(3) While defensive lineman Bilal Nichols had a career year in 2020, defensive line coach Chris Rumph thinks that Nichols' ceiling is even higher.
"This guy is just scratching the surface," Rumph said. "The more he learns, the better he will be. I've been really impressed with his intelligence. He's a really, really smart player, so I'm not surprised when I see some of the things he's accomplished so far. He absorbs things from anybody. It could be a vet, an assistant coach, anybody, he's absorbing information."
Nichols helped fill the void last year created by the absence of veteran nose tackle Eddie Goldman, who opted out of the season due to COVID-19 concerns. Nichols, a 2018 fifth-round draft pick from Delaware, established career highs in 2020 with 16 starts, 40 tackles, 5.0 sacks and seven tackles-for-loss. The 6-3, 313-pounder also generated his first career interception.
Goldman returned to the Bears for training camp, but he's been sidelined since being placed on the reserve/COVID-19 list Tuesday. Goldman's absence has given Nichols even more opportunities to hone his game in practice.
Rumph described Nichols as a "big guy who can move," adding that "he does a really good job getting skinny in holes and things like that and understanding where the block is coming from, so I'm really excited about that."
(4) Inside linebacker Roquan Smith is everything that first-year linebackers coach Bill McGovern thought the 2018 first-round pick would be and more.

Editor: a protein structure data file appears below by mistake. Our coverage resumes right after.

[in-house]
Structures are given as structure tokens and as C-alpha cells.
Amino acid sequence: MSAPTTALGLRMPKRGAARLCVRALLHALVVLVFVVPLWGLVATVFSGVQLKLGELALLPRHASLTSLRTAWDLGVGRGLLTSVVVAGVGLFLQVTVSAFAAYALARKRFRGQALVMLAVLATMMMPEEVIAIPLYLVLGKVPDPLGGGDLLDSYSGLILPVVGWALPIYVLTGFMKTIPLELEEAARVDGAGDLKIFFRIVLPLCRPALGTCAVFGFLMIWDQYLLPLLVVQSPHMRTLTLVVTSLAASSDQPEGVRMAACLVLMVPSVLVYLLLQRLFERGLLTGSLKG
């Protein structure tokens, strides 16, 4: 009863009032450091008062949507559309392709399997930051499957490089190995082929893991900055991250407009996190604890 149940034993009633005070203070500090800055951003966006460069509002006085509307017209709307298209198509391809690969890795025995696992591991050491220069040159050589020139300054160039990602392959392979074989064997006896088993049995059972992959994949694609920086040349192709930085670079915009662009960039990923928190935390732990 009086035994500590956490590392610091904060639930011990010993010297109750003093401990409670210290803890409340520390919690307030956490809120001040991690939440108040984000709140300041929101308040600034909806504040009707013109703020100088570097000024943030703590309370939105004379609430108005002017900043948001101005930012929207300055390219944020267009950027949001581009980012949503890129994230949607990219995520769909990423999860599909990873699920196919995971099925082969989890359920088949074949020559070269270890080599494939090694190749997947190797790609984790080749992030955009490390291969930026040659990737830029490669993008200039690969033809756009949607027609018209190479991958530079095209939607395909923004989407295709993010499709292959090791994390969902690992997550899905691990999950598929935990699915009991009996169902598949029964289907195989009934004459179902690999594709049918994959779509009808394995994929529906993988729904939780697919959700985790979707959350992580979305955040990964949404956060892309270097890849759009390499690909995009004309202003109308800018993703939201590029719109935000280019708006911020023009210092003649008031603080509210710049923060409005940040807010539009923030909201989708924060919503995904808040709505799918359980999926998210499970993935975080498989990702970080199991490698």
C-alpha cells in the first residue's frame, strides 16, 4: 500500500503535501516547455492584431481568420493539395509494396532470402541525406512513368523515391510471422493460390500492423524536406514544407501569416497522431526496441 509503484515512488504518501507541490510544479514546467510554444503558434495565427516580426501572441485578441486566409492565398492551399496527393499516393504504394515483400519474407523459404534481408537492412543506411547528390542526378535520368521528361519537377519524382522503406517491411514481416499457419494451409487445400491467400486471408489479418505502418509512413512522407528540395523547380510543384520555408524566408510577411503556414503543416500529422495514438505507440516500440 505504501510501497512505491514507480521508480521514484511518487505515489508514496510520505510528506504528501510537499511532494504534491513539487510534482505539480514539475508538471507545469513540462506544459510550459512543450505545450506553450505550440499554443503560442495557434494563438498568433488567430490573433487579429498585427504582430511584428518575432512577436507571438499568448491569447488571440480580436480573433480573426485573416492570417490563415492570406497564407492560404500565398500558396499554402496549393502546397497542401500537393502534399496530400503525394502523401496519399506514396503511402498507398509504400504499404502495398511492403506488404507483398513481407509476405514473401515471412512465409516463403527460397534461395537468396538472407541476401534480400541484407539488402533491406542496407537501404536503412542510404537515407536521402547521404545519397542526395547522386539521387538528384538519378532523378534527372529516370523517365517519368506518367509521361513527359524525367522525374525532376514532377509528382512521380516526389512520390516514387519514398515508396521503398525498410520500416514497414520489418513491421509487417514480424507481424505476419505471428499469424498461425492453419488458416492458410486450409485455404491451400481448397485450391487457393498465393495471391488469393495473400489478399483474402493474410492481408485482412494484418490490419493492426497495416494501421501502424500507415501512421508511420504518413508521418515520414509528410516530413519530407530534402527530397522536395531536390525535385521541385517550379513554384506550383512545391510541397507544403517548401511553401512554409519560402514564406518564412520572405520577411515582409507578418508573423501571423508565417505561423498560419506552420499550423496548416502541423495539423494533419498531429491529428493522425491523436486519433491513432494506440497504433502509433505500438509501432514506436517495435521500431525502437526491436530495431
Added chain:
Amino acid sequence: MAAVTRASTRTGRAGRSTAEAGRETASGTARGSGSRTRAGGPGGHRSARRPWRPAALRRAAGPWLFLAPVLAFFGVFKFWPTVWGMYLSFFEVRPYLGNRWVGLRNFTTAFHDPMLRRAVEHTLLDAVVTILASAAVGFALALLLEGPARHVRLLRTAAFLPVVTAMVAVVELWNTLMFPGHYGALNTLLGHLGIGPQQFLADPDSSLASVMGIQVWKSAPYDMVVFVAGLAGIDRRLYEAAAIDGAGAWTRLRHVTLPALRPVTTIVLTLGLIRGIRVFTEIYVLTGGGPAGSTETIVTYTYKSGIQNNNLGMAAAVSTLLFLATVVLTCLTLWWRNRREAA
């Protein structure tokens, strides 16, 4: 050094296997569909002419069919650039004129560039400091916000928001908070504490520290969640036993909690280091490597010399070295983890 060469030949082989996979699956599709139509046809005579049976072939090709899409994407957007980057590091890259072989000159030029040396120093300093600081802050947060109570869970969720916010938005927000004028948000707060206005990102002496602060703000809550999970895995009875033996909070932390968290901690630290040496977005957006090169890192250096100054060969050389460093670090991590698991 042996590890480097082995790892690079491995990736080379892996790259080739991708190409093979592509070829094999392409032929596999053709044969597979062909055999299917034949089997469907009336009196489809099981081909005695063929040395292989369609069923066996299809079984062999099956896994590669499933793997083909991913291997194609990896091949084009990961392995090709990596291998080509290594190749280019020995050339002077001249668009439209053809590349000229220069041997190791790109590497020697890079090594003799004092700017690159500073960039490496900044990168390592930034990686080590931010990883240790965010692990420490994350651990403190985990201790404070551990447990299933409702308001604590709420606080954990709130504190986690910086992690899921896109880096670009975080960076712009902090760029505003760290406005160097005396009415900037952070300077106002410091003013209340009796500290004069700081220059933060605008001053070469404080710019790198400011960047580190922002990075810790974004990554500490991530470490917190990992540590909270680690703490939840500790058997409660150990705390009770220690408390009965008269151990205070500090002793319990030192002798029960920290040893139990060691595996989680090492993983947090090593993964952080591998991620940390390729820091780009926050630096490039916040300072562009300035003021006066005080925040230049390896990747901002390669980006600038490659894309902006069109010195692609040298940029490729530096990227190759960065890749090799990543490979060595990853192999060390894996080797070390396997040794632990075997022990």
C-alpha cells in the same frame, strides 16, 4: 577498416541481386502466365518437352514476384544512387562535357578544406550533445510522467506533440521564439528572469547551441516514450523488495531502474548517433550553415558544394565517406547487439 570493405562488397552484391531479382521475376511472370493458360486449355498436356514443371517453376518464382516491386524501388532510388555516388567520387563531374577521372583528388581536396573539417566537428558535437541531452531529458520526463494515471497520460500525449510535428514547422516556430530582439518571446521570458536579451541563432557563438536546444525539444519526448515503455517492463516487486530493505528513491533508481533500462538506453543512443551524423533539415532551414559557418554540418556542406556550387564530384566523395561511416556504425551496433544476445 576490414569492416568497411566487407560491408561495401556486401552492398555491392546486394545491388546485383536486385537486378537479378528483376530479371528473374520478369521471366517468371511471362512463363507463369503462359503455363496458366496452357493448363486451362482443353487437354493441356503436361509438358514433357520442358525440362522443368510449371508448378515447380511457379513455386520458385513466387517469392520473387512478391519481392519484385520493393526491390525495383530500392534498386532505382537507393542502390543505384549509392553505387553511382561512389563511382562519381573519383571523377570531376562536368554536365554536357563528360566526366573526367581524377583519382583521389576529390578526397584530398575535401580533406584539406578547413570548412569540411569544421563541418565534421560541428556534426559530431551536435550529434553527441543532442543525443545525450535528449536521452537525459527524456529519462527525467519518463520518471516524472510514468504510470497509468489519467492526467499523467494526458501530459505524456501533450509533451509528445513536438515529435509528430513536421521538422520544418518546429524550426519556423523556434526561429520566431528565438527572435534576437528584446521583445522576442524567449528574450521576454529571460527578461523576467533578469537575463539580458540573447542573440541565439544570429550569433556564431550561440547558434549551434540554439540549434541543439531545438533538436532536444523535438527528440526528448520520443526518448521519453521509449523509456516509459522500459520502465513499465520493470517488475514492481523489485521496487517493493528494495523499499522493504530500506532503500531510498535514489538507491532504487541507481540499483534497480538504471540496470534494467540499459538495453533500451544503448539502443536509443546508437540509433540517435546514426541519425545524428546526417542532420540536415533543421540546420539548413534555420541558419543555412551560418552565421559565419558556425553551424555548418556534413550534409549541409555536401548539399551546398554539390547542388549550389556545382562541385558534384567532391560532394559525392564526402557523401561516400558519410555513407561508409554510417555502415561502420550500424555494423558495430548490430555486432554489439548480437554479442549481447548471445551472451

McGovern, who coached linebackers with the Eagles (2013-15) and Giants (2016-19), described Smith as "obviously an outstanding player, better person" who's "locked in right now."
"I think his focus right now is really something special," McGovern said. "When he was coming out of Georgia, every linebacker coach knew about him, so everybody had a very high opinion of him. He shows up to work every day. He wants to get better, not only physically but mentally. He studies the game and he's a pleasure to coach."
An emerging young NFL star, Smith is looking to build on a breakout 2020 season. The Georgia product finished seventh in the NFL with a career-high and team-leading 139 tackles, second with 96 solo tackles and tied for second with 18 tackles-for-loss—the most TFLs by a Bears player since Hall of Fame middle linebacker Brian Urlacher had 19 in 2002.
Smith was the only NFL player to record at least 100 tackles, 10 tackles-for-loss, two sacks and two interceptions. He picked off two passes in a Week 16 win over the Jaguars, becoming the first Bears linebacker with two interceptions in a game since Lance Briggs in 2008 and the only NFL linebacker to accomplish that feat in 2020.
Smith also fueled a three-game winning streak late in the season that propelled the Bears into the playoffs. He generated 14 tackles, one sack and three tackles-for-loss against the Vikings; 12 tackles, two sacks and two tackles-for-loss versus the Texans; and the aforementioned two interceptions against the Jaguars.